Interviewer: Rita Berisha
Interviewee: Sabri Hasani
R.B.: Let’s start with the period just before the bombings. How do you remember that entire period?
S.H.:Before the NATO bombings, we expected for the worst, considering what had happened in Bosnia. In the village where I live in the northern part of Mitrovica, we were surrounded by Serbs. There’s a Serbian settlement between my village and village Gushavc. Shortly before the NATO bombings, a lot of Serbian paramilitaries were positioned there, with red uniforms, white uniforms, and we were just waiting for an atrocity to happen. And it did. Right after the NATO bombings, on March 24, 1999, numerous people came from the city of Mitrovica to my village, assuming that it’s safer. We knew it wasn’t, because on March 28, 1999, the Serbian paramilitaries murdered 4 people in the yard of their own house, they were my neighbours. After their murder, we all left our houses because we expected that they start a massacre. We went 2 km south of Ibar for two hours. That’s where the population was concentrated. We were around 25 people staying in one room: my family, my uncle’s family, and my neighbours. There were 25 of us in a single, 4×5 meters room. It wasn’t large. We stayed there for 4 days. All we had to eat was potatoes. The owners of the house weren’t rich. And we were constantly afraid because we felt that we were safer there but it was actually the same unsafe situation everywhere. Later, after 3 nights, we saw that we couldn’t survive there as we didn’t have anything to eat. So we returned home again, although Serbs started burning down some houses in the outskirts of the village. We stayed there for three nights in a house. Then we figured that we can’t really stay there because they started burning down the houses closer to the centre of the village where my house was. And very few families were left in the village. Then we went to the city of Mitrovica, in a house of a later-to-be a very well-known public official in Mitrovica. He had previously left to Montenegro. He had left the keys of his house to his neighbour in case anyone needs sheltering. There was also food, until they’re safe. We stayed in that house, with my uncle’s family and the family of a neighbour… We stayed there for two weeks. The conditions in that house, to be honest, weren’t bad, but we heard every day about people being killed. It was incredibly unsafe.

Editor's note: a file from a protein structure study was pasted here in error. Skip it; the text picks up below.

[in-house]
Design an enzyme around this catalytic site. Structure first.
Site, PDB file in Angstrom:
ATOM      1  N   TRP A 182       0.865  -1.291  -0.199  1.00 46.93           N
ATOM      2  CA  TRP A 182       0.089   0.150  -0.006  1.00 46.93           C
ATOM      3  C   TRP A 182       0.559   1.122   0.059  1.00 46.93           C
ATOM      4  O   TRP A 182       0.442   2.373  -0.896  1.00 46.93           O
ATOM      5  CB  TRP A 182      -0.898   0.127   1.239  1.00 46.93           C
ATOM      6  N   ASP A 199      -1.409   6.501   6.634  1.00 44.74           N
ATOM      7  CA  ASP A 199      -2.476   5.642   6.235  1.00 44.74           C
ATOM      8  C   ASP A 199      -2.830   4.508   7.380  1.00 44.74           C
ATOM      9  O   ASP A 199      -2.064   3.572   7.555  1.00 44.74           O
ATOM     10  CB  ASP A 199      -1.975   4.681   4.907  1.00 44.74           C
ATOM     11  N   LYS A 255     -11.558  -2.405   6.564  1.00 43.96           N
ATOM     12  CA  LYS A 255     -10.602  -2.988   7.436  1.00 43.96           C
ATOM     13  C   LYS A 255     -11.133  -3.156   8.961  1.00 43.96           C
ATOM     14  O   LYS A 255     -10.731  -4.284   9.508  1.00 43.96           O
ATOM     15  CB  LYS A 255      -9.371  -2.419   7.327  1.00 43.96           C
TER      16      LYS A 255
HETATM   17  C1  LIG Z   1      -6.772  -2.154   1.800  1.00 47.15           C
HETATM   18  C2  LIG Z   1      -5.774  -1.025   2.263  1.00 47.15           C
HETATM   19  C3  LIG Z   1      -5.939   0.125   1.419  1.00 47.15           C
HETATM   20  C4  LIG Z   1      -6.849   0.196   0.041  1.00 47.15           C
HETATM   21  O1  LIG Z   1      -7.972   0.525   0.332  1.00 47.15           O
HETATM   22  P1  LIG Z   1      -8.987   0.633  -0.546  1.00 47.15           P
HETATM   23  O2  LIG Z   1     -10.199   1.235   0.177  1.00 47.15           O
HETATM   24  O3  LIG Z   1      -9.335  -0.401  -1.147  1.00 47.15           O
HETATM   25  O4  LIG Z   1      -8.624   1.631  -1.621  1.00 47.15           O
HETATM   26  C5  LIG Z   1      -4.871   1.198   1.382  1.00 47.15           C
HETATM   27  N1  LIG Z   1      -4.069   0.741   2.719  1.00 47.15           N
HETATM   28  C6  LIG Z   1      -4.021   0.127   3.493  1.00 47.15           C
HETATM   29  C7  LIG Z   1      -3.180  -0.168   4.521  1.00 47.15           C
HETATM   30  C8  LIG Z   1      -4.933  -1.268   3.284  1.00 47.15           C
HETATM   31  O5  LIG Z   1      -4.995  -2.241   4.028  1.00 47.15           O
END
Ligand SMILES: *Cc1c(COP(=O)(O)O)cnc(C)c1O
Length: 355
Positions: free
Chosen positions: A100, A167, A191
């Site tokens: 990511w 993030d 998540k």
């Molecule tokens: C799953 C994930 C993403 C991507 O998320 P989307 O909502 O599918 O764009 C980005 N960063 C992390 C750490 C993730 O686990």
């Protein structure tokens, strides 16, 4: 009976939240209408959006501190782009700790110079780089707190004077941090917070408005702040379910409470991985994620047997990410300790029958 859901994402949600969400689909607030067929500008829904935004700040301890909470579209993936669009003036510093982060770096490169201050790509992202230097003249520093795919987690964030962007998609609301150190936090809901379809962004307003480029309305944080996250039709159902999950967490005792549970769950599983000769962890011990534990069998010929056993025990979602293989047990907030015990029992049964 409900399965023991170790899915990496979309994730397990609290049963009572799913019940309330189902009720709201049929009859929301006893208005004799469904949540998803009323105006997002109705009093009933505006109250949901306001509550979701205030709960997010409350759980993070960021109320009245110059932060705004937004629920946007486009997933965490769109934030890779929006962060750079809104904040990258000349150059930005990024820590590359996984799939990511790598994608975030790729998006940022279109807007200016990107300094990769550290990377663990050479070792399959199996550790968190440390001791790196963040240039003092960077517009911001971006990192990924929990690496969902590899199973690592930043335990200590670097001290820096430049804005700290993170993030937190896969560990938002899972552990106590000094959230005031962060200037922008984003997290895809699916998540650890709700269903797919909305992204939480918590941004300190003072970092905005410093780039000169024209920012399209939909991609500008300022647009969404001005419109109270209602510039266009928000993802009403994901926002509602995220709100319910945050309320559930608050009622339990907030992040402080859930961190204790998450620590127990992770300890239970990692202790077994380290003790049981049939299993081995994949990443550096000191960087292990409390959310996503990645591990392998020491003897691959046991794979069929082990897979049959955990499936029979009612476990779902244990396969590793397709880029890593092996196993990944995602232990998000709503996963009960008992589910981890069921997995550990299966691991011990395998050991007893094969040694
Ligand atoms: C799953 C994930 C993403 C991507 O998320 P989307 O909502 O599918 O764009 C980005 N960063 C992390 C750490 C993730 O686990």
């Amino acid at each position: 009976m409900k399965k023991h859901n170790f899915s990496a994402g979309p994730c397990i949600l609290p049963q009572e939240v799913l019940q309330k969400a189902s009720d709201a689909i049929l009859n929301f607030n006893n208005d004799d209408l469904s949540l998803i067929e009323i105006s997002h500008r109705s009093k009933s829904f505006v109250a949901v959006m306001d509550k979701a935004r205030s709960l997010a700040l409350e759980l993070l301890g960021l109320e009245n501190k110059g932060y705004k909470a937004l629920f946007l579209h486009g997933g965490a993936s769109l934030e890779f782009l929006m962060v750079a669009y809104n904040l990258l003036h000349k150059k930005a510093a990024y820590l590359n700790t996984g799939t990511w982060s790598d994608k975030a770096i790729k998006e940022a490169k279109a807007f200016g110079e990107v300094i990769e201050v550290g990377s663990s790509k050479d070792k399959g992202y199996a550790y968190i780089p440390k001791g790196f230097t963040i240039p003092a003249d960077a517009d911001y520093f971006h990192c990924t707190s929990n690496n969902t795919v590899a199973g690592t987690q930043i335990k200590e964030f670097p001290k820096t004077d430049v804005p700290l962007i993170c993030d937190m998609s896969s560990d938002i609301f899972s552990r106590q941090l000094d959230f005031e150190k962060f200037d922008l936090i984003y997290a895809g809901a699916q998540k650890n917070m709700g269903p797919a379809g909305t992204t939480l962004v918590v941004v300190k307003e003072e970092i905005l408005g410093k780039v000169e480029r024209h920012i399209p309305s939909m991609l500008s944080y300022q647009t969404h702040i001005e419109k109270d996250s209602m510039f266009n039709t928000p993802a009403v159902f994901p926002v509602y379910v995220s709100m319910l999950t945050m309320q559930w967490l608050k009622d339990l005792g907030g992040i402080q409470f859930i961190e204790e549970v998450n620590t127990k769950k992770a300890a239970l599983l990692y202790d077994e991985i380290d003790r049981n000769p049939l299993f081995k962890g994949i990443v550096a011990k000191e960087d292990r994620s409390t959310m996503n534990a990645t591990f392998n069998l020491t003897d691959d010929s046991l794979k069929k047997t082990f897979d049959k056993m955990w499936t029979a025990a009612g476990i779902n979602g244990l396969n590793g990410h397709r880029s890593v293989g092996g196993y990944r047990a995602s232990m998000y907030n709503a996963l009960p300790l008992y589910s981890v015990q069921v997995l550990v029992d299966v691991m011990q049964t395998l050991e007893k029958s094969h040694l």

R.B.: Could you ever leave the house? How safe was it?
S.H.:We could only go out to the yard. The city wasn’t unsafe at all, we could only go out to the yard, not any further. Then, after 10 days or two weeks, we were massively evicted from there.
R.B.: Sorry. Yes, you were saying that you were evicted.
S.H.:Yes. There’s a part of the city called Tavnik, we used to call it “Te Bibi”. The entire population was forced to move there. To be honest, we didn’t even know where to go. But we decided to take the road to Albania. We thought they would let us go there. We went to Shipol. They took us to a school in Shipol. We stayed in the desks that night, in incredibly bad conditions, hungry, thirsty… It also started raining that night, it was very cold. We stayed there in the dark that night. In the following morning, they told us to return home. When we walked down to the main road, they said, “No, go to the bus station because we will take you to Montenegro by buses”. When we approached the bus station, they changed our direction again towards Shipol, the same road. They kept us walking in circles. This was a very difficult day because there were victims on the sides of the road, which they had killed. We had to walk past them, and we could see masked paramilitaries burning the houses. Then we continued walking towards Albania. We kept walking until evening. We arrived in village Qubrel with a lot of struggles. I had my two-year old daughter with me. I had my father, mother, wife, and a two-year old daughter. I carried her in my arms the entire time, and some clothes we managed to get from home. We took turns with my wife and dad to hold my daughter. We held her in our lap, and covered ourselves with an umbrella. We took turns to hold her, to protect my daughter. That night was extremely difficult. We were cold and afraid too. The following day we started walking again. We arrived in Gurakoc. We spent the night in a workshop, or auto mechanic’s workshop. I don’t know what it was, but it was dark.
R.B.: Were there a lot of other people or was it just your family?